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    Author(s): Joseph A. Roos; Allen M. Brackley; Daisuke Sasatani
    Date: 2011
    Source: Gen. Tech. Rep. PNW-GTR-839. Portland, OR: U.S. Department of Agriculture, Forest Service, Pacific Northwest Research Station. 30 p.
    Publication Series: General Technical Report (GTR)
    Station: Pacific Northwest Research Station
    PDF: Download Publication  (2.54 MB)


    Traditionally, there has been a strong forest products trade between Alaska and Asia. This trade relationship has developed owing to Alaska’s proximity to Asia and, in the past, an abundance of high-quality timber. Although forest products markets in North America remain soft, markets in Asia are growing. However, to benefit from Asia’s growing forest products market, it is important to understand the concepts of global shipping including containerization, intermodal transport, non vessel operating common carriers, and freight forwarders. One key development that could have a major impact on Alaska’s forest products trade is the opening of the Port of Prince Rupert (British Columbia) in 2007. The Port of Prince Rupert ships lumber, logs, and wood pellets to Asia and is much closer to southeast Alaska than are the ports of Seattle and Tacoma. The Prince Rupert port is also 1 day closer to Asia. Despite Prince Rupert’s proximity to Alaska, however, there is still no regularly scheduled barge service between the Port of Prince Rupert and southeast Alaska. Potential connections that may develop are examined in this paper. This paper also examines the changing concepts of global shipping and how they affect Alaska’s forest products industry.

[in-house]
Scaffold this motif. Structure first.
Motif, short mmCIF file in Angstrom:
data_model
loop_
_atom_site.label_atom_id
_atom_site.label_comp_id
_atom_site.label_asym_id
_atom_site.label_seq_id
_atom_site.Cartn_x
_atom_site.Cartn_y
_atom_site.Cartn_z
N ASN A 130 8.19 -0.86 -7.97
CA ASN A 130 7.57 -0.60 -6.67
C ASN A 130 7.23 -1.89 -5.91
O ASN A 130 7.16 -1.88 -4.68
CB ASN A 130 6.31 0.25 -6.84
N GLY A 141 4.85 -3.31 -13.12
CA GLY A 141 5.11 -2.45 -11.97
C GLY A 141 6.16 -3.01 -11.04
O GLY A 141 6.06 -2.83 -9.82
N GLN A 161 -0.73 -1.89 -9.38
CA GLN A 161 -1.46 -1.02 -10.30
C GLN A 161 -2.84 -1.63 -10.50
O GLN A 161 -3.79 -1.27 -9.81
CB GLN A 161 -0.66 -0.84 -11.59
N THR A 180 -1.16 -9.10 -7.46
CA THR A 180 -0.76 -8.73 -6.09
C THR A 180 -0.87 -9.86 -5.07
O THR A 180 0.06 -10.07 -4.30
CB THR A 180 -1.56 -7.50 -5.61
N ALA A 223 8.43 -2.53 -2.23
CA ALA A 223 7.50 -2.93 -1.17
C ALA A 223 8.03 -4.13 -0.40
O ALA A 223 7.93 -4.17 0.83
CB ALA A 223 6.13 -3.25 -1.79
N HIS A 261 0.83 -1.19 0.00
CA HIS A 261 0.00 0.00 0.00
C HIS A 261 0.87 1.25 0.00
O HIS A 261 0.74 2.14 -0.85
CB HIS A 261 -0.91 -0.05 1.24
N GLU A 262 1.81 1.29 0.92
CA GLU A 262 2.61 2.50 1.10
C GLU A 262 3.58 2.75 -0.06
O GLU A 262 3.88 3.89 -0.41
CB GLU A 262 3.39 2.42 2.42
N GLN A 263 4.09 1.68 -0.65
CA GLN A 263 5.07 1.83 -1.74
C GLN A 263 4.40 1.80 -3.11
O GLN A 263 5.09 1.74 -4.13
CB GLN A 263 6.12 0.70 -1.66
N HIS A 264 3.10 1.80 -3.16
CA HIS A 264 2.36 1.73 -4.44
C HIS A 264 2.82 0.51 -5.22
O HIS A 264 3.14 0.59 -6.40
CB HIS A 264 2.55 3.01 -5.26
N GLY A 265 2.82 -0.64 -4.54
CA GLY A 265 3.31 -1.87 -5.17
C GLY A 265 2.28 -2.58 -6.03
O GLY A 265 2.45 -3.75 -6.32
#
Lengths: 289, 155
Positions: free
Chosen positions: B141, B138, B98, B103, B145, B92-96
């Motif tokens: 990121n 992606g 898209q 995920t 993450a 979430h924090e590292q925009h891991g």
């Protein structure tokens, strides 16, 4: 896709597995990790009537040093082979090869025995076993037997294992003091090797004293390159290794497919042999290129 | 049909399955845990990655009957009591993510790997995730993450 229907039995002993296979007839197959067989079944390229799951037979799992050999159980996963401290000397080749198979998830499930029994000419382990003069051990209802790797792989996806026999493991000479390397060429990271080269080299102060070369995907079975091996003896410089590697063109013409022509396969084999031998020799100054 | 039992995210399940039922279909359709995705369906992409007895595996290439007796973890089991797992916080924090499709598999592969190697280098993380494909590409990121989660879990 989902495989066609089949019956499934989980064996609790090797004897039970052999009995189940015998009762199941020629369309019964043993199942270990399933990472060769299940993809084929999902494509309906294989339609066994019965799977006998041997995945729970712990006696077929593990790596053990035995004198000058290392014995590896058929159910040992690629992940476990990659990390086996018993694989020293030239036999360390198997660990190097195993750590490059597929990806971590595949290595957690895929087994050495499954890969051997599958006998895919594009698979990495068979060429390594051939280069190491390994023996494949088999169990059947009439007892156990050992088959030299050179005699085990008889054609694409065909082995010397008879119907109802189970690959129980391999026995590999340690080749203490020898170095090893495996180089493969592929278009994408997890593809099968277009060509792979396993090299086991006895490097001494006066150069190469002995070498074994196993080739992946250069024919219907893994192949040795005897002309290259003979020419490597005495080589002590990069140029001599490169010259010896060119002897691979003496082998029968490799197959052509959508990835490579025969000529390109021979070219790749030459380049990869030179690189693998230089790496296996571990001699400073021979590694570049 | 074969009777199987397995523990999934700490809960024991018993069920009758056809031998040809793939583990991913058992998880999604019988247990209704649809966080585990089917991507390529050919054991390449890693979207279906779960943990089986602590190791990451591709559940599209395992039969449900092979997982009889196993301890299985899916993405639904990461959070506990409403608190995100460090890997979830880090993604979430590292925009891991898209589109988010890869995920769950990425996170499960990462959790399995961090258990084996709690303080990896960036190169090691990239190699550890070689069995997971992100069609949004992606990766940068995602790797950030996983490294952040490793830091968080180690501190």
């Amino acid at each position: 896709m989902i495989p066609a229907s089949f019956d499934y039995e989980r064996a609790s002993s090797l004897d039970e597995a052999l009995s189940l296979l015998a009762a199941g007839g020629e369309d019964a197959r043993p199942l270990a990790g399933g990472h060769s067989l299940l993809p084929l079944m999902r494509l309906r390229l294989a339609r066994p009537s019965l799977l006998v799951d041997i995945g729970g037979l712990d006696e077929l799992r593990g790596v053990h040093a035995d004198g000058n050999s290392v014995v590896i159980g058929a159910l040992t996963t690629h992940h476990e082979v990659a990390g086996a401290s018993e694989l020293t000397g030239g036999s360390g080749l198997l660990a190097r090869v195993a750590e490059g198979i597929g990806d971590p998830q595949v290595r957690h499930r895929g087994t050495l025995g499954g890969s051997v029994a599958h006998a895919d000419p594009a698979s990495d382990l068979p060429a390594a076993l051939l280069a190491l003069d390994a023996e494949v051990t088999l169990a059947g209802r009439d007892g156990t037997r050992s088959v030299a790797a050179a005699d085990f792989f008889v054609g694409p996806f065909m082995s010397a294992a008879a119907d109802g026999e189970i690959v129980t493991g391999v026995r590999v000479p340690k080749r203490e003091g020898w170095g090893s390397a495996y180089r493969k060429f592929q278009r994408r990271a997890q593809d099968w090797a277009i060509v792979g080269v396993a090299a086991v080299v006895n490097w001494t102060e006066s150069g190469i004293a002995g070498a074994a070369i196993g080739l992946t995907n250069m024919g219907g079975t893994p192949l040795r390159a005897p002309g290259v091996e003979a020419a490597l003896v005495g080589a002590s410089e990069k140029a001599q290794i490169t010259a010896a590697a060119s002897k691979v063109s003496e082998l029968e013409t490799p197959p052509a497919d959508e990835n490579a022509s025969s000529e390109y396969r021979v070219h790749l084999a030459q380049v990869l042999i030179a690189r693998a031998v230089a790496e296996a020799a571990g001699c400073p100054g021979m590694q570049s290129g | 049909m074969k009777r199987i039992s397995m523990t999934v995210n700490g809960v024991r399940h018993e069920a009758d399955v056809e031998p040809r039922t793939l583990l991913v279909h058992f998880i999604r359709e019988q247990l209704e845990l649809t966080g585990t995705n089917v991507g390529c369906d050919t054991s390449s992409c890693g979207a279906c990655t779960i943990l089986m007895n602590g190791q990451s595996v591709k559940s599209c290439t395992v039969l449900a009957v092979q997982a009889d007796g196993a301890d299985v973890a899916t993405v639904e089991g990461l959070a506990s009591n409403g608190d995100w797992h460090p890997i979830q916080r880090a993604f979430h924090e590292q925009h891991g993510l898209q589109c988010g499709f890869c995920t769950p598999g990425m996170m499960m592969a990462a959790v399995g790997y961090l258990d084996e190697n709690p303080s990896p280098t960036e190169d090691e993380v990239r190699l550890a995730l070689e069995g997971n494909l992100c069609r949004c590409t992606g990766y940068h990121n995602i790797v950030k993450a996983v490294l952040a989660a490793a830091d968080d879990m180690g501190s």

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    Roos, Joseph A.; Brackley, Allen M.; Sasatani, Daisuke. 2011. Trends in global shipping and the impact on Alaska’s forest products. Gen. Tech. Rep. PNW-GTR-839. Portland, OR: U.S. Department of Agriculture, Forest Service, Pacific Northwest Research Station. 30 p.


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    Global shipping, forest products trade, lumber exports, log exports.

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